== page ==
The Commonwealth has confirmed the successful readmission of Gambia into the global bloc. The West African country becomes the 53rd nation but fourth to rejoin.
The Gambia referred to as “smiling coast of West Africa” joins the likes of South Africa, Fiji and Pakistan who all left at a point and gained readmission.
In 2013, exiled President Yahya Jammeh, pulled the country out of the Commonwealth. Jammeh at the time gave the reason that the 52-member group was a ‘neo-colonial institution.’
After Jammeh’s shock defeat to then opposition candidate Adama Barrow in December 2016 elections, the Commonwealth intimated that its doors were open to a return by The Gambia. The Adama Barrow government have over the past year gone through the legal process of readmission.
Foreign Minister Ousainou Darboe in December 2017 notified parliament of the government’s decision to rejoin the Commonwealth union. The move was unanimously adopted by lawmakers who criticized how Jammeh unilaterally took them out of the union.
A December 2016 statement issued by Commonwealth Secretary-General Patricia Scotland said, “When The Gambia left the Commonwealth in 2013, heads of government, meeting in Colombo that year, noted this decision with regret, and looked forward to the country’s eventual return. Like every close knit family, our Commonwealth doors remain open.”
Beside the Commonwealth, Jammeh had announced the withdrawal of the Gambia from the International Criminal Court (ICC) in 2016. Barrow rescinded the decision soon after taking office. It was one of the campaign promises of the then opposition coalition.
Nigeria Football Federation boss Amaju Pinnick under fresh corruption probe
Several properties belonging to top officials of the Nigeria Football Federation (NFF), including its president Amaju Pinnick, have been seized in a fresh corruption probe.
The latest investigation and seizures are being carried out by the country’s Independent Corrupt Practices and Other Related Offences Commission’s (ICPC).
The ICPC has published a newspaper advertisement about the properties seized – half of which belong to Pinnick.
According to the statement published in the Nigerian papers one of Pinnick’s properties is in London.
It comes amidst wide-ranging claims over how money meant for football development allegedly disappeared.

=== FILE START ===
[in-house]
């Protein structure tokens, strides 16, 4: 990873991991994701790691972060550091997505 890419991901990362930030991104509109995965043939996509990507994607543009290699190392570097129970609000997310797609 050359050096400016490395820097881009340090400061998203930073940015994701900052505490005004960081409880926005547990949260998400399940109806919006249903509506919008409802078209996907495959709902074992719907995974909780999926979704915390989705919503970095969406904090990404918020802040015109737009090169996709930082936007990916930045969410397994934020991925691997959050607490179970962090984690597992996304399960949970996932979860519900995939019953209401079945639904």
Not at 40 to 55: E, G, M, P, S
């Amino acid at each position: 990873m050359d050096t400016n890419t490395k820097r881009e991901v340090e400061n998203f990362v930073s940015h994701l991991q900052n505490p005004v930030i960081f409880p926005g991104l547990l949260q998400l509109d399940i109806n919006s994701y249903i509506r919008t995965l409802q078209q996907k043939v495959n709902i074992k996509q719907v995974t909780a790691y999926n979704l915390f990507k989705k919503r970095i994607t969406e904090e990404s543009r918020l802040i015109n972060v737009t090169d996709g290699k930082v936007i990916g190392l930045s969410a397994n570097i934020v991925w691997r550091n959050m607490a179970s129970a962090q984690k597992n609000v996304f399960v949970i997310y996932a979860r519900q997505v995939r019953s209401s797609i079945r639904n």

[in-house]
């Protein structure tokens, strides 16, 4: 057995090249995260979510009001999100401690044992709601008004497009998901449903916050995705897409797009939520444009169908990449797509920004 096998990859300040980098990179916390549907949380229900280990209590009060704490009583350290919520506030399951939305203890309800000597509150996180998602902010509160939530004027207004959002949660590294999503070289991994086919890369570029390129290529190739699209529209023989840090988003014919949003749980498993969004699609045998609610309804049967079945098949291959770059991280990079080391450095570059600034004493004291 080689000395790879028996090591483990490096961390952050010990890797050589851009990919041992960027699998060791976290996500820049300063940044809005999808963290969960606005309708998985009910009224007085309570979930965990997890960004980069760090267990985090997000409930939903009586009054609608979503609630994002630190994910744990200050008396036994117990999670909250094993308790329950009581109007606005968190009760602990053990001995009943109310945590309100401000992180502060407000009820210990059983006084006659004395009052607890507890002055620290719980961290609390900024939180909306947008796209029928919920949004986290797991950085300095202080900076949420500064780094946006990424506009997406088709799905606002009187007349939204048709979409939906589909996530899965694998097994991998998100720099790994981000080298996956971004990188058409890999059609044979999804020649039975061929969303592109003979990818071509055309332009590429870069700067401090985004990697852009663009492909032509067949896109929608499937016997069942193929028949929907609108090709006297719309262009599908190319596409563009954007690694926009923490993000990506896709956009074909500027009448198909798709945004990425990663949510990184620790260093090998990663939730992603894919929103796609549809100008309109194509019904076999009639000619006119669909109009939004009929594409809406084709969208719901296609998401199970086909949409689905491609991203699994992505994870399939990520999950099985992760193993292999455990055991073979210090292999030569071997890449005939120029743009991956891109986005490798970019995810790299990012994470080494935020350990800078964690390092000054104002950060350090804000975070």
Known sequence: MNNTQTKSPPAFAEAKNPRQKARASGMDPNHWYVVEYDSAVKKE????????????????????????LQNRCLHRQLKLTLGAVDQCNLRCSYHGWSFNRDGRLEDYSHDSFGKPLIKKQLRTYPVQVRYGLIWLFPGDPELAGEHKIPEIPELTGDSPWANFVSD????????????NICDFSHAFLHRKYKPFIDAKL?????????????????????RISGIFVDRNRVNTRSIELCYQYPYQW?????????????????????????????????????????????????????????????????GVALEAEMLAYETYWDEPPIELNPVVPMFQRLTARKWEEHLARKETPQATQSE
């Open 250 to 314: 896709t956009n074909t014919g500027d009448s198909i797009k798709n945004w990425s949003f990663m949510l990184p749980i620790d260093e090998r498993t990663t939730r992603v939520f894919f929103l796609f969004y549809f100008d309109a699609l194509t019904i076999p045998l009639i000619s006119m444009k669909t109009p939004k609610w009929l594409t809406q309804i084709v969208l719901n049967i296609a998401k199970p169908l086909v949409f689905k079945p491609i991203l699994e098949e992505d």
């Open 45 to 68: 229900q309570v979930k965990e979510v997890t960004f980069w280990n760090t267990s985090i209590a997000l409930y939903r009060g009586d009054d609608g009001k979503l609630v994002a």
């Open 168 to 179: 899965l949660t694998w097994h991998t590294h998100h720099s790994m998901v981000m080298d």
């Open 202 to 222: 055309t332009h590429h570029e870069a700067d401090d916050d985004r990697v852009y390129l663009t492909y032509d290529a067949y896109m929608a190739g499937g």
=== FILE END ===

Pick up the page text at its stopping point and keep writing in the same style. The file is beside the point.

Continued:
“We can’t go into further details beyond the fact that many officials of the NFF are under investigation,” ICPC spokesperson, Rasheedat Okoduwa said.
“It’s basically because what they have is in excess of what they have earned.”
The ICPC has also taken control of properties belonging to the NFF second vice-president Shehu Dikko and the general secretary Muhamed Sanusi among others.
Rwanda ban Burundi,s music star ahead of annual festival
Burundian musician Jean Pierre Nimbona, popularly known as Kidum, has told the BBC he is confused by Rwanda’s decision to ban him from playing at the upcoming Kigali Jazz Fusion festival.
Kidum is one of Burundi’s biggest music stars and has performed in Rwanda for the past 16 years.
But a police official phoned the musician’s manager to warn that he would only be allowed to make private visits to Rwanda.
“[My manager was told] Kidum is not supposed to perform, tell him to leave. If he comes for private visits fine, but no performances,” the musician told BBC’s Focus on Africa radio programme.
The mayor of Rwanda’s capital said that in this instance permission had not been sought from the authorities for him to perform at the festival in Kigali.
Kidum was a leading peace activist during Burundi’s civil war between 1993 and 2003 and used his songs to call for reconciliation.
The 44-year-old musician said he had never had problems with Rwandan authorities until recently when three of his shows were cancelled at the last minute – including one in December 2018.
That month Burundi had banned Meddy, a musician who is half-Burundian, half-Rwandan, from performing in the main city of Bujumbura.
Kidum said he was unsure if the diplomatic tensions between Burundi and Rwanda had influenced his ban.
“I don’t know, I don’t have any evidence about that. And if there was politics, I’m not a player in politics, I’m just a freelance musician based in Nairobi,” he said.
He said he would not challenge the ban: “There’s nothing I can do, I just wait until maybe the decision is changed some day.
“It’s similar to a family house and you are denied entry… so you just have to wait maybe until the head of the family decides otherwise.”
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